May 19, 2018: Japanese Coast Guard conducts a fleet review for the first time in six years; the suspension was due to the JCG being occupied with intrusions of Chinese government ships into areas administered by Japan but claimed by both countries.
May 20, 2018: Japan hosts the triannual gathering of leaders of 18 South Pacific countries and territories with Prime Minister Abe pledging fine-tuned assistance in both soft and hard terms.
May 25, 2018: Twenty-one Japanese nationals are detained in Chongqing. Sichuan province, as well as in Hebei, Henan, Guizhou, Shanxi, Liaoning and Ningxia sometime between May 5 and 15, possibly because they were Christians doing missionary work. Five were later returned to Japan.
May 25, 2018: Japanese government announces it will use yen loans to develop ports in three Indian Ocean nations (Myanmar, Sri Lanka, and Bangladesh) as part of Abe’s “free and open Indo-Pacific strategy” to counter China’s efforts to dominate the sea lanes connecting Asia and Africa via the Middle East.
May 25, 2018. LDP endorses Abe’s call to remove an informal cap on defense spending that is 1 percent of GDP that began in the 1970s. It also backs his plan to retrofit the helicopter carrier Izumo into an aircraft carrier, for upgrading the capabilities of Self-Defense Forces, and for Japan to have a stronger presence in space and cyber technology.
May 27, 2018: According to conservative magazine Sentaku, Chinese money has been buying land in Hokkaido, particularly near areas with port facilities. Though ostensibly acquired for agricultural purposes, the land has lain fallow, raising questions about the ultimate motive behind their purchase.
June 5, 2018: Japan announces a plan to set up a maritime dialogue with France as part of its Indo-Pacific strategy “to deter the aggressive maritime advances of China.” France’s overseas territories in New Caledonia and French Polynesia give the country a direct interest in the stability of the region.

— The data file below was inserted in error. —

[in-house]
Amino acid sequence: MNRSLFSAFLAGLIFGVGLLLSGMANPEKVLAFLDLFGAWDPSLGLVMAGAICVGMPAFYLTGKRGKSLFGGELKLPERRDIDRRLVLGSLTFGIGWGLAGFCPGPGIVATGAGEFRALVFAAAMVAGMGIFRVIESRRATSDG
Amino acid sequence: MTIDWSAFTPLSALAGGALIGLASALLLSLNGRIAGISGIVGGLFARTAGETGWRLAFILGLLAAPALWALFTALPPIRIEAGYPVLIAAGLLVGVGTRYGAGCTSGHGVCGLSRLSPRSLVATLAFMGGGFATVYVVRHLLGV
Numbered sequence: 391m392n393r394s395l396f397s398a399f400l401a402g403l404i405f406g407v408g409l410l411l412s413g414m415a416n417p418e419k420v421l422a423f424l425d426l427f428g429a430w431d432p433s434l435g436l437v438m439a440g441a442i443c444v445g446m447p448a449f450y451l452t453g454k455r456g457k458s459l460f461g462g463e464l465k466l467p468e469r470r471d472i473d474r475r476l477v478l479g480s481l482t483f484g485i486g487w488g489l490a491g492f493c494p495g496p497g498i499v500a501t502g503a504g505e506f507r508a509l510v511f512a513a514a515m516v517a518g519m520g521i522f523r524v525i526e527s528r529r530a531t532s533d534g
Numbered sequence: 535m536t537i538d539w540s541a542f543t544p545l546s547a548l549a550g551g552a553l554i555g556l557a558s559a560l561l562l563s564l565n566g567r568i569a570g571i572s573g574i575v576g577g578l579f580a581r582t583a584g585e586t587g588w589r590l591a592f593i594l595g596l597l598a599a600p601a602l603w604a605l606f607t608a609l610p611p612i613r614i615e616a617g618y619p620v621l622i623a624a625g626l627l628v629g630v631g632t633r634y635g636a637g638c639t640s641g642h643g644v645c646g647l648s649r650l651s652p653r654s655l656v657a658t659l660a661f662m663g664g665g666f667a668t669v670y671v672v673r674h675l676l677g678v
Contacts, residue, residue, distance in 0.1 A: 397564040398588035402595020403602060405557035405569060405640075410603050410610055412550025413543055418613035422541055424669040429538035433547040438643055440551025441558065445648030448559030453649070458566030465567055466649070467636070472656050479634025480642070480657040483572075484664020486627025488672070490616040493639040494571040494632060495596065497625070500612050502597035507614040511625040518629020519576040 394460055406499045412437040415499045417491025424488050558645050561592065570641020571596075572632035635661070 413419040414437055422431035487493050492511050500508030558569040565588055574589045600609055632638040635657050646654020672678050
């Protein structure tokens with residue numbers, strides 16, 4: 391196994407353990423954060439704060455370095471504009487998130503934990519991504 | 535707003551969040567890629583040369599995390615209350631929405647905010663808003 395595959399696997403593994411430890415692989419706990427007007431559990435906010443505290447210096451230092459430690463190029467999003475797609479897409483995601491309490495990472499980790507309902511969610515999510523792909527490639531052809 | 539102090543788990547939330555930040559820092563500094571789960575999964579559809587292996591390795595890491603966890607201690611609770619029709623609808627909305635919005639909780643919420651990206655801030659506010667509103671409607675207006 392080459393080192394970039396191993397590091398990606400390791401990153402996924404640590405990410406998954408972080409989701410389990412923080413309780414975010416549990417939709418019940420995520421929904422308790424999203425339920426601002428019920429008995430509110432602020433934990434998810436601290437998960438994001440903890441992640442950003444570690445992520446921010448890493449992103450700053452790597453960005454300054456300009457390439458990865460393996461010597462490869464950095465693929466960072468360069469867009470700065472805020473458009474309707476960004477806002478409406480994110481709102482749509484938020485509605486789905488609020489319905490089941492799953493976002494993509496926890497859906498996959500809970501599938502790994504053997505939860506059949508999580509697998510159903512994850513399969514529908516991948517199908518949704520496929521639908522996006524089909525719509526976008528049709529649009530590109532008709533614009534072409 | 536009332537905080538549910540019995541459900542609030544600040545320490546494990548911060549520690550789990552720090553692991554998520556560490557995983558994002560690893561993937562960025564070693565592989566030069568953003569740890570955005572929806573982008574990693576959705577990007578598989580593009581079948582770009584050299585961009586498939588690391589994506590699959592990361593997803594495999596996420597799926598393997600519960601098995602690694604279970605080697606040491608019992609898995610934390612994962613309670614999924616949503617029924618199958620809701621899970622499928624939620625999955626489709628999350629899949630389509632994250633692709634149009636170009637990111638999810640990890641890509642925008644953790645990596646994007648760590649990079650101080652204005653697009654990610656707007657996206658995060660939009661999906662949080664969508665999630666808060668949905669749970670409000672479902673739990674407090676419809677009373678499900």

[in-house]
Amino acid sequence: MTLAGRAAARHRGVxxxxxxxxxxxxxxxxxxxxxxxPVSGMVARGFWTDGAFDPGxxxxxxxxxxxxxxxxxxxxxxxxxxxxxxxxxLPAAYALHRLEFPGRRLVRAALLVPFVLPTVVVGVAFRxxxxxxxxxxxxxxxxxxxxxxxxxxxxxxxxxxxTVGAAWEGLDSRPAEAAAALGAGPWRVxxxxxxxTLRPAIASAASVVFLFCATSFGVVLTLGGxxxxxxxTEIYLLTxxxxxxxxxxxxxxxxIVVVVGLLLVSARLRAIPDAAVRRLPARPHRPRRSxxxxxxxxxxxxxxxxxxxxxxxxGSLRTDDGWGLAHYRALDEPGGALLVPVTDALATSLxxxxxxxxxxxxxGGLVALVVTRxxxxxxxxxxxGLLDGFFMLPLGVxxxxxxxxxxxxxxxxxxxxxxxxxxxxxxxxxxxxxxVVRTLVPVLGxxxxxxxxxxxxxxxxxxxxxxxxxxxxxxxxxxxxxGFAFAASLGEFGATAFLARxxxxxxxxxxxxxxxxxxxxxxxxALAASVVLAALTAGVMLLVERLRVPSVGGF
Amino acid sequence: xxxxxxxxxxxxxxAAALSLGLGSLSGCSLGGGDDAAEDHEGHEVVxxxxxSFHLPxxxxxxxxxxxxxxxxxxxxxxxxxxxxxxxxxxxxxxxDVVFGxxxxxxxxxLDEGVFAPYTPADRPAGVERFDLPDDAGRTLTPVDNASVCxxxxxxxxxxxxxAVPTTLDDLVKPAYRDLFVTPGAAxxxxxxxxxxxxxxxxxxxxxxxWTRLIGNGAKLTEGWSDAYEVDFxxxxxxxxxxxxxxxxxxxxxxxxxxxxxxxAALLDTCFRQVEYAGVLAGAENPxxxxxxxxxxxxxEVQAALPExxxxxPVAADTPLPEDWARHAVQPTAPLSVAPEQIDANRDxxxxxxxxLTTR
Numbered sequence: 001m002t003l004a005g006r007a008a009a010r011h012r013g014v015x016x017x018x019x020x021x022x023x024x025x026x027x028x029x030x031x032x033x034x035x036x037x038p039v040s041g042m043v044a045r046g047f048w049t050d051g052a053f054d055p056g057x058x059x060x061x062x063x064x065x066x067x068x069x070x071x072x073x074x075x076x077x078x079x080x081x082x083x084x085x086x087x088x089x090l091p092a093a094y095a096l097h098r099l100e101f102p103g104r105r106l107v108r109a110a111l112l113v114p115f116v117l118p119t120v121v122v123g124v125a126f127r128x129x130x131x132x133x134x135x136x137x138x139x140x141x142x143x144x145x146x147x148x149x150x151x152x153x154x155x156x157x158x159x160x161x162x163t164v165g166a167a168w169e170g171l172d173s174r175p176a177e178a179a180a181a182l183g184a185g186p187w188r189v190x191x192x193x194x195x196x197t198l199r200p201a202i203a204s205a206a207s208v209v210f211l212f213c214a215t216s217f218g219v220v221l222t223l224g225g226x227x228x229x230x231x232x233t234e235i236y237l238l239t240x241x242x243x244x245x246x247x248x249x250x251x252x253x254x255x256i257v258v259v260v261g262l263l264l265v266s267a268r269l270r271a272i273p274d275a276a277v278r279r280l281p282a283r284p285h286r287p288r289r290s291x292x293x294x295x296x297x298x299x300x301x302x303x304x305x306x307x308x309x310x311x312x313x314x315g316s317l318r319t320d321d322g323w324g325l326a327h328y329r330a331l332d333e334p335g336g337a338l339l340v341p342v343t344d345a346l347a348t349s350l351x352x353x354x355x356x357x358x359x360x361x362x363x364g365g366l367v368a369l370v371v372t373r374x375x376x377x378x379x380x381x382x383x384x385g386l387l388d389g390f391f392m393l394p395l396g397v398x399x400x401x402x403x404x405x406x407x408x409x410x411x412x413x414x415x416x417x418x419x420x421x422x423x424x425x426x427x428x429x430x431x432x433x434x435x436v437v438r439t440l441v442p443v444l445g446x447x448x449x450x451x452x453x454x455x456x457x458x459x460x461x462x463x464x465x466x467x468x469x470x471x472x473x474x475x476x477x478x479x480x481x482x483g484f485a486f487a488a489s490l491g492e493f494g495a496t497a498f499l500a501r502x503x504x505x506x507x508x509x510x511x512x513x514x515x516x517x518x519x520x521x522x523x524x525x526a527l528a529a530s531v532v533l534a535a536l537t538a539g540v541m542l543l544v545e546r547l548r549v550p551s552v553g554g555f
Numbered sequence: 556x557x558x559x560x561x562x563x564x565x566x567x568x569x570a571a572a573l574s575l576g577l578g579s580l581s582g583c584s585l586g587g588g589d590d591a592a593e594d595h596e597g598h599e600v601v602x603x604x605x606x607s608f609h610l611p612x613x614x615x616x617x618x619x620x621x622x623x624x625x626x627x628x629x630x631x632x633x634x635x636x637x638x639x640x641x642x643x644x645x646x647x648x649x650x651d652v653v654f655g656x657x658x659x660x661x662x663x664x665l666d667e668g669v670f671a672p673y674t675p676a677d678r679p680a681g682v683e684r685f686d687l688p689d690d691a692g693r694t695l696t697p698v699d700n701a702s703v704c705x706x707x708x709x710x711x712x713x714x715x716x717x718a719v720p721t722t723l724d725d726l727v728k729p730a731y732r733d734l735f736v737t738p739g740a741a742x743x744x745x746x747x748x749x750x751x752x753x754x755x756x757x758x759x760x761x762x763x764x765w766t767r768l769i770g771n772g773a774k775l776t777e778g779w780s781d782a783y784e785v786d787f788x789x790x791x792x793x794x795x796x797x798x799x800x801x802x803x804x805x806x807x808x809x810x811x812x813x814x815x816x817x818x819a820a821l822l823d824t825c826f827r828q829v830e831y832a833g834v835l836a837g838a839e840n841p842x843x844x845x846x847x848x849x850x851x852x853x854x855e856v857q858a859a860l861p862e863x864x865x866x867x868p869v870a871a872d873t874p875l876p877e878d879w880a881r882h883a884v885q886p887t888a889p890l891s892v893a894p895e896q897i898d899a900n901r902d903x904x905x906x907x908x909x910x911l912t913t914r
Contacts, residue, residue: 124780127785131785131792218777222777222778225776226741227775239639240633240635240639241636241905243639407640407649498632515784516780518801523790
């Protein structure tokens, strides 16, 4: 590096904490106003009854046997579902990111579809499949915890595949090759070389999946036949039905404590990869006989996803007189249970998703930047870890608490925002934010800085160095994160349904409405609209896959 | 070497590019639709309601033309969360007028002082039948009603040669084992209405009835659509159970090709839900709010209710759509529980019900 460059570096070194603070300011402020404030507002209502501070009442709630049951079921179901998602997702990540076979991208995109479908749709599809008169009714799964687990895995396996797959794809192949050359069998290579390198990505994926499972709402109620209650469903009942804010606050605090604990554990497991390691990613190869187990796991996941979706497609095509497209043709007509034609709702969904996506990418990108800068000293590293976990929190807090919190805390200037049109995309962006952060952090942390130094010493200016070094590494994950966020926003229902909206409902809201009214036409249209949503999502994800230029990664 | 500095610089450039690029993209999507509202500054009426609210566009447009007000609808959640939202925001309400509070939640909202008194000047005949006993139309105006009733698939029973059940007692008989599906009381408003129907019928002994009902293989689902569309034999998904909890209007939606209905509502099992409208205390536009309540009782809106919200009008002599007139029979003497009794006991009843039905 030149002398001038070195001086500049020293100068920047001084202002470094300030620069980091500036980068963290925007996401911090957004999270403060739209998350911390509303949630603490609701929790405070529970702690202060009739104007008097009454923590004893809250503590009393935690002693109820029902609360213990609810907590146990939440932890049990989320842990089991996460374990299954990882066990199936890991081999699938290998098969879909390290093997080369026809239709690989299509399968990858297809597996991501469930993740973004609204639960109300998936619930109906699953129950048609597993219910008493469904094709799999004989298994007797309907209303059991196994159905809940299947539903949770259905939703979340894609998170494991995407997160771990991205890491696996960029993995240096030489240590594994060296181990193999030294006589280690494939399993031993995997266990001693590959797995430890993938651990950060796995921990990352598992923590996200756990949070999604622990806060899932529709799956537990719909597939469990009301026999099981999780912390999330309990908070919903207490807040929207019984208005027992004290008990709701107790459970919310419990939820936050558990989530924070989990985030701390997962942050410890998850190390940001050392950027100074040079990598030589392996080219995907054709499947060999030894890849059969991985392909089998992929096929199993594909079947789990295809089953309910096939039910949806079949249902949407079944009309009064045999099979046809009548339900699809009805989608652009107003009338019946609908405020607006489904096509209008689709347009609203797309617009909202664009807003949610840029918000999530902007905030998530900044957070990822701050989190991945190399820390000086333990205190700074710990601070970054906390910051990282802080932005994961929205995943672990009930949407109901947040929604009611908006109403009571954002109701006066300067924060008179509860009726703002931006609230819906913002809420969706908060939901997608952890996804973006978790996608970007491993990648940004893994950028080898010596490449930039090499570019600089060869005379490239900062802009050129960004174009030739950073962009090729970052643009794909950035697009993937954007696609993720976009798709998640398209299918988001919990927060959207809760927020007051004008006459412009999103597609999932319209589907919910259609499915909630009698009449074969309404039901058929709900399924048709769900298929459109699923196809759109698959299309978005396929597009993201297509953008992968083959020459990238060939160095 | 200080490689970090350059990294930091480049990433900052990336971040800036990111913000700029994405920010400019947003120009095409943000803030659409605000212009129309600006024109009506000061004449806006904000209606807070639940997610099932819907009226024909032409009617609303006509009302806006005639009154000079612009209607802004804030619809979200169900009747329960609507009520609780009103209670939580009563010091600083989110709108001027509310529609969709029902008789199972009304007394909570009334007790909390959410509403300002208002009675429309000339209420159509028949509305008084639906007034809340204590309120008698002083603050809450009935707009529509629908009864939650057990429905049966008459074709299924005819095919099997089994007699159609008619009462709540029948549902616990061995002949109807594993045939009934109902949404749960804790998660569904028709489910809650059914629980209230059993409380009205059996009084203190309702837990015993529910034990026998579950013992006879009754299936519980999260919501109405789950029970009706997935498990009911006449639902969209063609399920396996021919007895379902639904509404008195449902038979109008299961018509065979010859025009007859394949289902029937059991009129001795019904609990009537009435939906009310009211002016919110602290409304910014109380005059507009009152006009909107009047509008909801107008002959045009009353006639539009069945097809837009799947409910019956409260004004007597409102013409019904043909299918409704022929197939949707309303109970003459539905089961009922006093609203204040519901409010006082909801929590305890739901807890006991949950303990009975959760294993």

June 8, 2018: Bilateral maritime and aerial communications begin official operation. Japanese Defense Ministry officials hope that, because it is part of a formal agreement, the Chinese military will take it seriously and abide by it.
June 10, 2018: A retired Japanese admiral, writing in an Indian military publication, accuses China of taking advantage of the world’s preoccupation with North Korea to expand its salami tactics on Japan in the Senkaku and Taiwan on the offshore islands of Quemoy (Jimmen) and Matsu (Mazu).
June 13, 2018: China and Japan are reported to be in talks to unify standards for electric vehicle charging stations. A common standard would give Japanese EV manufacturers a competitive edge over US and European counterparts, who use a different system.
June 19, 2018: Taiwan government protests the decision of Japan Airlines and All Nippon Airways to comply with Chinese government orders to list Taiwan as a part of China.
June 20, 2018: According to the Japan National Tourism Organization, tourists from China jumped 29.3 percent in May, to 668,600, vis-à-vis 16.6 percent growth overall.
June 20 2018: Global Times opinion article heaps scorn on Abe’s “rush” for a summit with Kim Jung Un, noting that, in a May 4 telephone call with Xi Jinping, Abe had sought China’s help in arranging the meeting and his “complicated” situation in seeking the summit.